On February 11, 2019, Bishop James S. Wall of the diocese of Gallup, New Mexico, announced that the diocese will restore the order of the sacraments of initiation for children who are baptized in infancy. That brings the number of dioceses in the United States who have restored the order if the initiation sacraments to 13. This is in addition to several dioceses in Canada.
These dioceses received affirmation and encouragement from Pope Benedict’s 2007 apostolic exhortation, “The Sacrament of Charity.” In that document, he wrote:
As the Synod Fathers said, we need to ask ourselves whether in our Christian communities the close link between Baptism, Confirmation and Eucharist is sufficiently recognized. It must never be forgotten that our reception of Baptism and Confirmation is ordered to the Eucharist. Accordingly, our pastoral practice should reflect a more unitary understanding of the process of Christian initiation. (17)
The RCIA restores the proper order of the initiation sacraments
One of the central reasons dioceses are making this return to the proper order of the initiation sacraments is because of yet another paradigm shift caused by the restoration of the catechumenate. William Harmless writes in Augustine and the Catechumenate:
No longer is baptism to be separated from confirmation by weeks or even years, as happened in the medieval church. No longer is first Eucharist (and consequently first penance) to be inserted between baptism and confirmation, as has been the case ever since Pius X’s 1910 decree.
In 1910, Pius X wanted to end the delay of admitting children to the Eucharist. It was common practice in the western Church to delay brining children to the table until they were twelve or fourteen. Pius lowered the age for first communion to the age of reason or about age seven. That had the unreflected result of placing the celebration of Eucharist before confirmation.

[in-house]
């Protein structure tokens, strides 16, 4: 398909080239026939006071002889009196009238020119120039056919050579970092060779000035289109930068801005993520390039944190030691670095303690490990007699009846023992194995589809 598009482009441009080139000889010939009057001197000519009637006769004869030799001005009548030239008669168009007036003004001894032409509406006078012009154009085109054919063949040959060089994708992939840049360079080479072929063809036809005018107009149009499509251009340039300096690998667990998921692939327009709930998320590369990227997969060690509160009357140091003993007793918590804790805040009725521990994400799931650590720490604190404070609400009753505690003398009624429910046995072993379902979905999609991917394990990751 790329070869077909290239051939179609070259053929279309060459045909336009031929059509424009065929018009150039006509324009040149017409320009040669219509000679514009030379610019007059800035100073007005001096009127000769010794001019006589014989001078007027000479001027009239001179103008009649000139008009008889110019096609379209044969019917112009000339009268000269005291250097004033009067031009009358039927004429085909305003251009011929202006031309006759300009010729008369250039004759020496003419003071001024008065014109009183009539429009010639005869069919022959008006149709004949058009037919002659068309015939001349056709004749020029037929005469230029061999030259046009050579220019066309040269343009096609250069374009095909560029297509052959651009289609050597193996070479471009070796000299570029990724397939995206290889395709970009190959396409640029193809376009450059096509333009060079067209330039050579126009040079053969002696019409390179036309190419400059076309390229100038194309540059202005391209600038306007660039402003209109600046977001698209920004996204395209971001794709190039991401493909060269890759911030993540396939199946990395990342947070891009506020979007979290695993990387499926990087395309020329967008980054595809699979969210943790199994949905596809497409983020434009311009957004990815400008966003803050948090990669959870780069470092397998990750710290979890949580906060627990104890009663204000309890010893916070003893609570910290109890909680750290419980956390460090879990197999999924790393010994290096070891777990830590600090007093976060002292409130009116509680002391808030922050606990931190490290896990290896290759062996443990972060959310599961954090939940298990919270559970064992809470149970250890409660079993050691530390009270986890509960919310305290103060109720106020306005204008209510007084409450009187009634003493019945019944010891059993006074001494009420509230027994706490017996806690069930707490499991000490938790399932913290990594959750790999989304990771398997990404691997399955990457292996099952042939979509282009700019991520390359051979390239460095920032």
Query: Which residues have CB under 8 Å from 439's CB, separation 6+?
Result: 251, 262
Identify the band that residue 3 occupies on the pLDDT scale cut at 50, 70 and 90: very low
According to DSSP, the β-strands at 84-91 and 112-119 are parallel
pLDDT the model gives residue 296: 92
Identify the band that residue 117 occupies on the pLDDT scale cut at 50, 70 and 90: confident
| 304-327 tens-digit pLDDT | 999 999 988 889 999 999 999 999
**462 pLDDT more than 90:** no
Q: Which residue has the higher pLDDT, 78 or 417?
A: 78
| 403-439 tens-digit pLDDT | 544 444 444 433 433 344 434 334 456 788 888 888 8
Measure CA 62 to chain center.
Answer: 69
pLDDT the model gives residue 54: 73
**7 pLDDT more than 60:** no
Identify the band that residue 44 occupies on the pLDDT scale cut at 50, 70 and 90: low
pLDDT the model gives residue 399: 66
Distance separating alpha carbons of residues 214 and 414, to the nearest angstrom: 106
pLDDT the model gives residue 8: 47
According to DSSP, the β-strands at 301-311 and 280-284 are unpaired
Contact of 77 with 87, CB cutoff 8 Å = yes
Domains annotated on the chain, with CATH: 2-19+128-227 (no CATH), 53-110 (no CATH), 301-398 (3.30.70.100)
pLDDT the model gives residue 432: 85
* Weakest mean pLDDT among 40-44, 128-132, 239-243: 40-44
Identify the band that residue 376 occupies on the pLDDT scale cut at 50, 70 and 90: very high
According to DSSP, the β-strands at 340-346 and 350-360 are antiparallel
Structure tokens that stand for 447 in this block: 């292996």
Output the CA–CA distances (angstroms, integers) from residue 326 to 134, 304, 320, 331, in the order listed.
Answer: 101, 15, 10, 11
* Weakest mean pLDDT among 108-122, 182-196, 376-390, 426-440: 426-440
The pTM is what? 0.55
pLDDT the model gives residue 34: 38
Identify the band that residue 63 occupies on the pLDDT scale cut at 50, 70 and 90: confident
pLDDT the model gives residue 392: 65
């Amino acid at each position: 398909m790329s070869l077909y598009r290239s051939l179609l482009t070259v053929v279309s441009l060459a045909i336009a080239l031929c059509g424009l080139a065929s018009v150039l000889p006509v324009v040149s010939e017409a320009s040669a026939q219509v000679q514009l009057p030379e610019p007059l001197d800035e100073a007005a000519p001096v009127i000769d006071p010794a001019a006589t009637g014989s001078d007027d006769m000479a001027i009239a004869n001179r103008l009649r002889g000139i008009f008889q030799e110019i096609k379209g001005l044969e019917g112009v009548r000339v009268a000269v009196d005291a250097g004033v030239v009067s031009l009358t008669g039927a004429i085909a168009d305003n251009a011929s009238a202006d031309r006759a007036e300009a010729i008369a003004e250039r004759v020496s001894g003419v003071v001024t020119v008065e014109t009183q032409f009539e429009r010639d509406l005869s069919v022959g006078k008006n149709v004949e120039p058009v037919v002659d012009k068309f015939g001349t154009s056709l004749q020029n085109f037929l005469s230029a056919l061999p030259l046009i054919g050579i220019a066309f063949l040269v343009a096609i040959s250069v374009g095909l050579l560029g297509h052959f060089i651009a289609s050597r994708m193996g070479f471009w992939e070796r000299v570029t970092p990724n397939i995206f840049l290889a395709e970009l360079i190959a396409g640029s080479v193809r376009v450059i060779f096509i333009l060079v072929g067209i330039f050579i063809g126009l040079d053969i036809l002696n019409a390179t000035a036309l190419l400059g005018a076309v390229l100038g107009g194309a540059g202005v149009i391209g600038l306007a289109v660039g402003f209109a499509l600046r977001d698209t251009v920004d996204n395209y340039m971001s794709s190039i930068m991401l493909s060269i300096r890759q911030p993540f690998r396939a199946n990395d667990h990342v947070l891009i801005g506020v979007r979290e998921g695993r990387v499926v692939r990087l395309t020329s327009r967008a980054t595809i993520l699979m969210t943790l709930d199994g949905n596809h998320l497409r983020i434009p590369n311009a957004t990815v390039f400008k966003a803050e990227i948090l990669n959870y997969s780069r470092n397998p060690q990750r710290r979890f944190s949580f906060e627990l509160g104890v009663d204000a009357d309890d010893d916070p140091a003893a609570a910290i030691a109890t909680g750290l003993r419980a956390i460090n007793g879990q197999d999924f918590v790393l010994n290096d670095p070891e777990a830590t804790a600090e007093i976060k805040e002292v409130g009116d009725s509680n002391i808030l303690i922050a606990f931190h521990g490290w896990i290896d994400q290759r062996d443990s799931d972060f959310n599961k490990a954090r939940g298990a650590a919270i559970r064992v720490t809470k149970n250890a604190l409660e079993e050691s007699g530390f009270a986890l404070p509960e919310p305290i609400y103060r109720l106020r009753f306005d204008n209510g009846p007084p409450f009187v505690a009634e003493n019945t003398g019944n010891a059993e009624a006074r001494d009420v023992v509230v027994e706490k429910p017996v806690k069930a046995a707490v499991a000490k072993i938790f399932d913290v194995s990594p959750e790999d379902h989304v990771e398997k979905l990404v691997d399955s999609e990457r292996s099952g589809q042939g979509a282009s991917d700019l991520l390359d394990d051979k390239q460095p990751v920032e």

Once that happened, our pastoral understanding of the need for the sacrament of confirmation began to wander off into uncharted ground. If in the celebration of the Eucharist we receive the fullness of Christ, what does confirmation do? An understandable, but incorrect, conclusion was that confirmation would be a mature affirmation of the faith promised at baptism and the fullness received in Eucharist.
As I said, it is understandable that we might think of confirmation as a sacrament of Christian maturity. However, that has never been Catholic teaching. St. Thomas Aquinas taught:
Age of body does not determine age of soul. Even in childhood man can attain spiritual maturity: as the book of Wisdom says: “For old age is not honored for length of time, or measured by number of years.” Many children, through the strength of the Holy Spirit they have received, have bravely fought for Christ even to the shedding of their blood. (Catechism of the Catholic Church, 1308)
The restoration of the proper order of the initiation sacraments in the Rite of Christian Initiation of Adults helps us understand more clearly the function and relation of baptism and confirmation. The RCIA says:
In accord with the ancient practice followed in the Roman liturgy, adults are not to be baptized without receiving Confirmation immediately afterward, unless serious reason stands in the way. The conjunction of the two celebrations signifies the unity of the paschal mystery, the close link between the mission of the Son and the outpouring of the Holy Spirit, and the connection between the two sacraments through which the Son and the Holy Spirit come with the Father to those who are baptized. (215)